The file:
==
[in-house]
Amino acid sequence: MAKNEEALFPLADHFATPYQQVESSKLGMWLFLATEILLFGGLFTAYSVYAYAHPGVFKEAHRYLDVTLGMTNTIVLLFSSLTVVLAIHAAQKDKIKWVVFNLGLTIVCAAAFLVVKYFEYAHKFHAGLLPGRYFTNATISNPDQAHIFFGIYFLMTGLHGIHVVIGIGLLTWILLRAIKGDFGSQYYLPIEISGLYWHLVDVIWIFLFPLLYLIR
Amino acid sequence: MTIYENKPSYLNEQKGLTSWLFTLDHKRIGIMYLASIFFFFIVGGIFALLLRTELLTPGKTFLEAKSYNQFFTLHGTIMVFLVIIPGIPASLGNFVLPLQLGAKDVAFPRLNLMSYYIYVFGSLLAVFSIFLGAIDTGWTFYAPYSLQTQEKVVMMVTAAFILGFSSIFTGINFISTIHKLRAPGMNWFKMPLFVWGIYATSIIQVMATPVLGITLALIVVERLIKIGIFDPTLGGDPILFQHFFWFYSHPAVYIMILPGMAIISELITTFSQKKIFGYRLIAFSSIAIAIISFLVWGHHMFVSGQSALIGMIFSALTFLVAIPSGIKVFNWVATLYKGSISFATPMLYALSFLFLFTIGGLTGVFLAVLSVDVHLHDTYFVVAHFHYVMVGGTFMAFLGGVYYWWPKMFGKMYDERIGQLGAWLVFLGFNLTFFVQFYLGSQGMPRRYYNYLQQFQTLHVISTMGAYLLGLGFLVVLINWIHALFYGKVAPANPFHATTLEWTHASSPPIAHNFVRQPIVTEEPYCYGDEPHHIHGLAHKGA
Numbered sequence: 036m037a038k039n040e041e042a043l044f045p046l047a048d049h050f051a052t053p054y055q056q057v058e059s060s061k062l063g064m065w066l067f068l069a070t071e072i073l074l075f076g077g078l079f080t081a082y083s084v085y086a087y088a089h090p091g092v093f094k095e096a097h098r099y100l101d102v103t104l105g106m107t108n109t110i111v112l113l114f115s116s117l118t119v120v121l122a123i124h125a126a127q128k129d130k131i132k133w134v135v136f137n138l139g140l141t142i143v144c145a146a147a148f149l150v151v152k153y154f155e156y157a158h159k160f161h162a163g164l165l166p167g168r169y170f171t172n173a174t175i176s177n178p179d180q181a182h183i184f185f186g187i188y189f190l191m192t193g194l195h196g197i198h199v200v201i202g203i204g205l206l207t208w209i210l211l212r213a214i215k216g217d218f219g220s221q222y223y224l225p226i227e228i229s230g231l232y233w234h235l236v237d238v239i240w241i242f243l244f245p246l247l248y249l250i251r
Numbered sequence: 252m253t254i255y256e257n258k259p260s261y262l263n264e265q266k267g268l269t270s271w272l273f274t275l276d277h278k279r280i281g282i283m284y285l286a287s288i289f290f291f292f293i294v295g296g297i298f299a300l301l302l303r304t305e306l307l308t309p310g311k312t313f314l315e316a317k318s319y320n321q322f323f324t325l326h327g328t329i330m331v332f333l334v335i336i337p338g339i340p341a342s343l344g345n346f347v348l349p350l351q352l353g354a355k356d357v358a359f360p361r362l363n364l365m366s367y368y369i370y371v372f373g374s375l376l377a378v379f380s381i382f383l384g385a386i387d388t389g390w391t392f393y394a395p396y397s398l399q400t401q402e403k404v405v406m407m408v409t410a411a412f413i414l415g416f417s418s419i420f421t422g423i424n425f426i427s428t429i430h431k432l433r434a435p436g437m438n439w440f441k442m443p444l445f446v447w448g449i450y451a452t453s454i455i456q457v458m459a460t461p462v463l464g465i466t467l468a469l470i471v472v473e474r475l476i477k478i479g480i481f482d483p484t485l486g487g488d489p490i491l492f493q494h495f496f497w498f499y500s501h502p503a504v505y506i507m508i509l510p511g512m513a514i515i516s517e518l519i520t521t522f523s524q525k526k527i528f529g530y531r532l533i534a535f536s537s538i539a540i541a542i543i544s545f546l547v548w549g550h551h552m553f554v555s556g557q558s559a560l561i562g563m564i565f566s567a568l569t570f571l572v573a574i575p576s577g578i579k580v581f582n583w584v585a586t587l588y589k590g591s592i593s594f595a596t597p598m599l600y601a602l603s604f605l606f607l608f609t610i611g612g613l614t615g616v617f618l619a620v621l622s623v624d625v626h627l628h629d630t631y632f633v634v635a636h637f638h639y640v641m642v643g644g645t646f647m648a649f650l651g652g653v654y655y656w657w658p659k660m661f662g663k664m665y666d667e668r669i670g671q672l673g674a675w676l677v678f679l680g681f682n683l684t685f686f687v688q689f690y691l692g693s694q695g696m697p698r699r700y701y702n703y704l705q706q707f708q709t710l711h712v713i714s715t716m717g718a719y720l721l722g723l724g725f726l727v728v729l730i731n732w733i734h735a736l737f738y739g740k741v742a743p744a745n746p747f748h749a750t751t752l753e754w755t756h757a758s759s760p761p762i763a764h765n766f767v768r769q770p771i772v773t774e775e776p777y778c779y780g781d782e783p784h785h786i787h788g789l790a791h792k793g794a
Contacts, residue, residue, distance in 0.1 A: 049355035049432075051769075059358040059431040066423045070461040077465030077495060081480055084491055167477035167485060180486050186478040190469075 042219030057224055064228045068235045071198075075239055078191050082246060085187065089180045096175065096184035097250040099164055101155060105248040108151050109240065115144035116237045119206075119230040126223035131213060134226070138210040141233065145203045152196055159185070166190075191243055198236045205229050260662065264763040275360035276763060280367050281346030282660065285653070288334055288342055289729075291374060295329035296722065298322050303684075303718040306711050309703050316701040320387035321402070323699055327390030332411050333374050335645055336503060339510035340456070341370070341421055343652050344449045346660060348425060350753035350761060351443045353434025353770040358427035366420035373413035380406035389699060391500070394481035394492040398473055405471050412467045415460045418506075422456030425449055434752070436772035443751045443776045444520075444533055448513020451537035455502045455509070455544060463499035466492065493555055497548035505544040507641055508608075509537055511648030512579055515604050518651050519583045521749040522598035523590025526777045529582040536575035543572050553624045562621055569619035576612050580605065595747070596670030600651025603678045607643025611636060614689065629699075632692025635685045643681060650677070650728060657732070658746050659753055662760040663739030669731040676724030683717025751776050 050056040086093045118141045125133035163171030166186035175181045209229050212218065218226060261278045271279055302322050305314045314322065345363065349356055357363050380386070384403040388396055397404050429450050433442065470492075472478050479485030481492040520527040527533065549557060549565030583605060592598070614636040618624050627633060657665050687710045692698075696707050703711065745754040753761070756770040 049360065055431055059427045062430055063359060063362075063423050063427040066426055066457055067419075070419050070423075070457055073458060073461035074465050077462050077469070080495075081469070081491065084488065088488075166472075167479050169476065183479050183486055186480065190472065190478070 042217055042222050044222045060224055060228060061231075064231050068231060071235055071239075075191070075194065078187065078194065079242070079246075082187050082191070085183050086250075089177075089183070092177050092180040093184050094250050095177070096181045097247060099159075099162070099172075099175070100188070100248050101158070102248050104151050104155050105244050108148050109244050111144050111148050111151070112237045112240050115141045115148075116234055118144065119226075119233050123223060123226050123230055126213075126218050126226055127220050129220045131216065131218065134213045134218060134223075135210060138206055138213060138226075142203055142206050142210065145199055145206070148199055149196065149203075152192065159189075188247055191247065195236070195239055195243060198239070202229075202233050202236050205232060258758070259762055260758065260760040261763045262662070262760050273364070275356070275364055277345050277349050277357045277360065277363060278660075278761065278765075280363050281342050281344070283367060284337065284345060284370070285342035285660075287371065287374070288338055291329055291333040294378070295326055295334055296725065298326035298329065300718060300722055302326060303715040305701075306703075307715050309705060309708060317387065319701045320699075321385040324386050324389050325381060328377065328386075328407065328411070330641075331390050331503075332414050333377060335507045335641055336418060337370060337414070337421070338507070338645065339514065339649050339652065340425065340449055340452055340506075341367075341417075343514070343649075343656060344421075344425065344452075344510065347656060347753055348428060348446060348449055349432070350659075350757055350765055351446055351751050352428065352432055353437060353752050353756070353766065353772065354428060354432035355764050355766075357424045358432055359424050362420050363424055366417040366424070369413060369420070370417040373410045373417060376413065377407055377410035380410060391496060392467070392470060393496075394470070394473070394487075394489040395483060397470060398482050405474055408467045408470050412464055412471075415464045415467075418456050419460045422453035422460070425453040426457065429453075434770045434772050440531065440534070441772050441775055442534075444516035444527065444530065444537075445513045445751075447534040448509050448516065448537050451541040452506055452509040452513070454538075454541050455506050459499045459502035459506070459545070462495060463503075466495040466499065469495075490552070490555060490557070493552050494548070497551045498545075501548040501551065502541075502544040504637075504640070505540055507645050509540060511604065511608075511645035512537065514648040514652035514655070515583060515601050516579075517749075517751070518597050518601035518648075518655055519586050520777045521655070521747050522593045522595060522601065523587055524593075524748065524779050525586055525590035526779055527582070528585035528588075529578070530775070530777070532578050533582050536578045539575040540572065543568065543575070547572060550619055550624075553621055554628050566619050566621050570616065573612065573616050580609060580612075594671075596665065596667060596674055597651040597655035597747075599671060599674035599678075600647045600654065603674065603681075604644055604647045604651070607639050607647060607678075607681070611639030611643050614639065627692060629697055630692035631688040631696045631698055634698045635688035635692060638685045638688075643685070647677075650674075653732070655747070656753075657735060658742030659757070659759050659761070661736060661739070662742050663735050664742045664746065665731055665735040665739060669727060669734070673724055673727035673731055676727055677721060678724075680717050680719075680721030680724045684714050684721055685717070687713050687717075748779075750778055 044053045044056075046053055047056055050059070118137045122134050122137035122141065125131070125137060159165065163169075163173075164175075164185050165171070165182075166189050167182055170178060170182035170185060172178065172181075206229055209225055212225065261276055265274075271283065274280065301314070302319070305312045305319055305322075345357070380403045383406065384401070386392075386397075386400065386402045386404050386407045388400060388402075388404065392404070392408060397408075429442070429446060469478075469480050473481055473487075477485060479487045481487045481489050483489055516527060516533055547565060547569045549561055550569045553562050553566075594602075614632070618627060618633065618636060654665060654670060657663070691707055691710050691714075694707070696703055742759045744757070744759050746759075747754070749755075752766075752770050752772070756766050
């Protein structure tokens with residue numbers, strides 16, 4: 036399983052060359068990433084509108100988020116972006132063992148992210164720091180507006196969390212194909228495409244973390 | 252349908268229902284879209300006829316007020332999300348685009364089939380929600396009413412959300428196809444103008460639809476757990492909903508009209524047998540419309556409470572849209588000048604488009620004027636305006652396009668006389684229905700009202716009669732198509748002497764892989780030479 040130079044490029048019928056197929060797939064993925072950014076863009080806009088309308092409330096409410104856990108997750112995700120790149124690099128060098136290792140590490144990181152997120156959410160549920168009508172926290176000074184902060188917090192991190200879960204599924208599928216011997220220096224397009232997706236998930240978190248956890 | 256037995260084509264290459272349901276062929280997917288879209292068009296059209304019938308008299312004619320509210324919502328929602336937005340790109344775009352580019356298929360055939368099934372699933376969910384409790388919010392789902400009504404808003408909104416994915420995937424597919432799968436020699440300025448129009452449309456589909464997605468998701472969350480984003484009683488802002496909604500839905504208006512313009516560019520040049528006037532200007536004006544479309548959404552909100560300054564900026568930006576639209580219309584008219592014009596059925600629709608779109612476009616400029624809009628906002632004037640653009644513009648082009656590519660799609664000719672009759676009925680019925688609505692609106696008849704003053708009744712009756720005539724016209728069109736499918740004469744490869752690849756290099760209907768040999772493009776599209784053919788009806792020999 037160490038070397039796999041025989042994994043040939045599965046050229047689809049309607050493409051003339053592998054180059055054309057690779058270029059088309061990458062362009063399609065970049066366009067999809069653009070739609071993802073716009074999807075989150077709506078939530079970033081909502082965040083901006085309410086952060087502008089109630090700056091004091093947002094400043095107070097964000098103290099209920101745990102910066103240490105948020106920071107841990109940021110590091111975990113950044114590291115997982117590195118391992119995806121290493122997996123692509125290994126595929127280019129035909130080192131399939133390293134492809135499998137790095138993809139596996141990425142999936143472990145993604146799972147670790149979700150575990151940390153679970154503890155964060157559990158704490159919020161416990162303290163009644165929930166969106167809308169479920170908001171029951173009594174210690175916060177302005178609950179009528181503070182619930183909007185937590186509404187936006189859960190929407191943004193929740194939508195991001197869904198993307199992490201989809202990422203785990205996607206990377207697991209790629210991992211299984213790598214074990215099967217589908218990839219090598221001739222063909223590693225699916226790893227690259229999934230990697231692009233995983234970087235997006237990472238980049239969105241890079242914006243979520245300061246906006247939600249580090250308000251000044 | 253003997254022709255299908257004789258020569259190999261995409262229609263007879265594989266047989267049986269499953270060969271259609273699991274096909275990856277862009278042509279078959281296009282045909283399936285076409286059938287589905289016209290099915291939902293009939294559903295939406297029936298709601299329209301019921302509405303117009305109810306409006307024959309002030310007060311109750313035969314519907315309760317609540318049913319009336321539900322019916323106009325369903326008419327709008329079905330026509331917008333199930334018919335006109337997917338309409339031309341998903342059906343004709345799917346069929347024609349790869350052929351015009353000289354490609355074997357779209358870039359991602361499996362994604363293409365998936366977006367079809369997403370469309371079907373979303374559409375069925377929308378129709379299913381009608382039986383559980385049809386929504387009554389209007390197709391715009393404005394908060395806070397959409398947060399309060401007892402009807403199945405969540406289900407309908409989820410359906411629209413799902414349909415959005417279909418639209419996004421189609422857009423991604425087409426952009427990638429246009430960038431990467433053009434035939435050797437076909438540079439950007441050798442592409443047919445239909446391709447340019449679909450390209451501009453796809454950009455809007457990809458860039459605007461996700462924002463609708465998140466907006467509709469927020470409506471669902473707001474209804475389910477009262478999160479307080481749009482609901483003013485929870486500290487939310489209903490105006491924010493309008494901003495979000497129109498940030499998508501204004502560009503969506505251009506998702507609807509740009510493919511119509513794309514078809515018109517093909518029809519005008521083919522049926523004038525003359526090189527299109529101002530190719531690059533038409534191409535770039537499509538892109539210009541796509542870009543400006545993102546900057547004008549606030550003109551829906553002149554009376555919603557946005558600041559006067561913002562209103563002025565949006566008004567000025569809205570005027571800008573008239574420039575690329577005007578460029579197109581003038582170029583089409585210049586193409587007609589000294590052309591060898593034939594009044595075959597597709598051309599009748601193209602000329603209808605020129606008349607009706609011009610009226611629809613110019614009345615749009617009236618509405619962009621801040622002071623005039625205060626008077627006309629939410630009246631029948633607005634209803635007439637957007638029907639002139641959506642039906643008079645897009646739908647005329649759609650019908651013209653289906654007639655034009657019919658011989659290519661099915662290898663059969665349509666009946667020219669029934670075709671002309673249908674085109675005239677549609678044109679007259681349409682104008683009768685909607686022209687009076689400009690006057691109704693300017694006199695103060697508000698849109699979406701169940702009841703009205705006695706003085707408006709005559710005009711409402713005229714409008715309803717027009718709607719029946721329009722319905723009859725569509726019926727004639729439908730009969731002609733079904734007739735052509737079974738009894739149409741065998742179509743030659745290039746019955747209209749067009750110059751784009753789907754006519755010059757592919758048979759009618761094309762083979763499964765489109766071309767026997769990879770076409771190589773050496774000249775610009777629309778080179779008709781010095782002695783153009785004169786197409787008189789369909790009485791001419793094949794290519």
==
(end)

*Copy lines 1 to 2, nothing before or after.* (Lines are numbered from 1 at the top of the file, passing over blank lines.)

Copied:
[in-house]
Amino acid sequence: MAKNEEALFPLADHFATPYQQVESSKLGMWLFLATEILLFGGLFTAYSVYAYAHPGVFKEAHRYLDVTLGMTNTIVLLFSSLTVVLAIHAAQKDKIKWVVFNLGLTIVCAAAFLVVKYFEYAHKFHAGLLPGRYFTNATISNPDQAHIFFGIYFLMTGLHGIHVVIGIGLLTWILLRAIKGDFGSQYYLPIEISGLYWHLVDVIWIFLFPLLYLIR